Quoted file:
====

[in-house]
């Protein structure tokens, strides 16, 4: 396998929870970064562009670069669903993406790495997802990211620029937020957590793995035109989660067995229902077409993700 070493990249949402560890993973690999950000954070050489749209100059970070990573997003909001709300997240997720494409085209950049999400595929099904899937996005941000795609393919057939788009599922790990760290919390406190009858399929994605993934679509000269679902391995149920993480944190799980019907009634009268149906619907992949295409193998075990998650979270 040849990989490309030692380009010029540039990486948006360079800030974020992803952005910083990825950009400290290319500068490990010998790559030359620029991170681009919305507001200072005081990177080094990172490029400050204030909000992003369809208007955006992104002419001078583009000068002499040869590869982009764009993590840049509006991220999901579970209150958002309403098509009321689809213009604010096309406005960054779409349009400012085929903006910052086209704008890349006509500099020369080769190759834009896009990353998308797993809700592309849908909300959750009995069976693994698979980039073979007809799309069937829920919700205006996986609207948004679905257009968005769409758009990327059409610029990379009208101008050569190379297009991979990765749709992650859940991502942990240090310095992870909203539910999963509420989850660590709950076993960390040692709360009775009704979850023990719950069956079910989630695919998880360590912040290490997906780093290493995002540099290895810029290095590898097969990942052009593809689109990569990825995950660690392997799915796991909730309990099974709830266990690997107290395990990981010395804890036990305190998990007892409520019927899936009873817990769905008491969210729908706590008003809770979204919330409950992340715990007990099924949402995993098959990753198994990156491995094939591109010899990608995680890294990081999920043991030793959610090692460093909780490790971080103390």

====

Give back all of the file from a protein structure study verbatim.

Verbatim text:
[in-house]
């Protein structure tokens, strides 16, 4: 396998929870970064562009670069669903993406790495997802990211620029937020957590793995035109989660067995229902077409993700 070493990249949402560890993973690999950000954070050489749209100059970070990573997003909001709300997240997720494409085209950049999400595929099904899937996005941000795609393919057939788009599922790990760290919390406190009858399929994605993934679509000269679902391995149920993480944190799980019907009634009268149906619907992949295409193998075990998650979270 040849990989490309030692380009010029540039990486948006360079800030974020992803952005910083990825950009400290290319500068490990010998790559030359620029991170681009919305507001200072005081990177080094990172490029400050204030909000992003369809208007955006992104002419001078583009000068002499040869590869982009764009993590840049509006991220999901579970209150958002309403098509009321689809213009604010096309406005960054779409349009400012085929903006910052086209704008890349006509500099020369080769190759834009896009990353998308797993809700592309849908909300959750009995069976693994698979980039073979007809799309069937829920919700205006996986609207948004679905257009968005769409758009990327059409610029990379009208101008050569190379297009991979990765749709992650859940991502942990240090310095992870909203539910999963509420989850660590709950076993960390040692709360009775009704979850023990719950069956079910989630695919998880360590912040290490997906780093290493995002540099290895810029290095590898097969990942052009593809689109990569990825995950660690392997799915796991909730309990099974709830266990690997107290395990990981010395804890036990305190998990007892409520019927899936009873817990769905008491969210729908706590008003809770979204919330409950992340715990007990099924949402995993098959990753198994990156491995094939591109010899990608995680890294990081999920043991030793959610090692460093909780490790971080103390």